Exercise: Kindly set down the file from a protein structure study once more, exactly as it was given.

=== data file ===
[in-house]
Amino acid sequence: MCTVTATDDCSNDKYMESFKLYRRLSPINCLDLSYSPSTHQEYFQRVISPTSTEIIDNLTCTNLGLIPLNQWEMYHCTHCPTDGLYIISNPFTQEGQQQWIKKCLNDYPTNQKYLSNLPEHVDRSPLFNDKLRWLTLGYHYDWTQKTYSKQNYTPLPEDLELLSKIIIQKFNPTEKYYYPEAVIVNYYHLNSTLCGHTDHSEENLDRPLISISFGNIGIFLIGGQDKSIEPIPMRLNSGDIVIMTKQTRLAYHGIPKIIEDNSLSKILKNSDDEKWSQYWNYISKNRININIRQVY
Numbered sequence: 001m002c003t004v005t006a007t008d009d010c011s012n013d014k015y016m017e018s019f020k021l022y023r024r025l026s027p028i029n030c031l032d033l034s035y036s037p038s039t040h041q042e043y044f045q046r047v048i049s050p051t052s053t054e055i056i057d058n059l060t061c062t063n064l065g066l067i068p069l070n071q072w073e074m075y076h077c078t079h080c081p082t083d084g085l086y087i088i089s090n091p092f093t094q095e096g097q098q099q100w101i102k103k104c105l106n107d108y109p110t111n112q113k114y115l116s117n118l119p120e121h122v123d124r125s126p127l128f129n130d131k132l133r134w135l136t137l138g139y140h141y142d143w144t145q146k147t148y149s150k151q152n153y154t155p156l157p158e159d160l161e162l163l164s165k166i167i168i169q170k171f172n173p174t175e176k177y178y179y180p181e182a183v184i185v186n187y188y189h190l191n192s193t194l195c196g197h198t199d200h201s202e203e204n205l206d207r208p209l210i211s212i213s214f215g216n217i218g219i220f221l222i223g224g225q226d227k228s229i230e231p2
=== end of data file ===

[in-house]
Amino acid sequence: MCTVTATDDCSNDKYMESFKLYRRLSPINCLDLSYSPSTHQEYFQRVISPTSTEIIDNLTCTNLGLIPLNQWEMYHCTHCPTDGLYIISNPFTQEGQQQWIKKCLNDYPTNQKYLSNLPEHVDRSPLFNDKLRWLTLGYHYDWTQKTYSKQNYTPLPEDLELLSKIIIQKFNPTEKYYYPEAVIVNYYHLNSTLCGHTDHSEENLDRPLISISFGNIGIFLIGGQDKSIEPIPMRLNSGDIVIMTKQTRLAYHGIPKIIEDNSLSKILKNSDDEKWSQYWNYISKNRININIRQVY
Numbered sequence: 001m002c003t004v005t006a007t008d009d010c011s012n013d014k015y016m017e018s019f020k021l022y023r024r025l026s027p028i029n030c031l032d033l034s035y036s037p038s039t040h041q042e043y044f045q046r047v048i049s050p051t052s053t054e055i056i057d058n059l060t061c062t063n064l065g066l067i068p069l070n071q072w073e074m075y076h077c078t079h080c081p082t083d084g085l086y087i088i089s090n091p092f093t094q095e096g097q098q099q100w101i102k103k104c105l106n107d108y109p110t111n112q113k114y115l116s117n118l119p120e121h122v123d124r125s126p127l128f129n130d131k132l133r134w135l136t137l138g139y140h141y142d143w144t145q146k147t148y149s150k151q152n153y154t155p156l157p158e159d160l161e162l163l164s165k166i167i168i169q170k171f172n173p174t175e176k177y178y179y180p181e182a183v184i185v186n187y188y189h190l191n192s193t194l195c196g197h198t199d200h201s202e203e204n205l206d207r208p209l210i211s212i213s214f215g216n217i218g219i220f221l222i223g224g225q226d227k228s229i230e231p2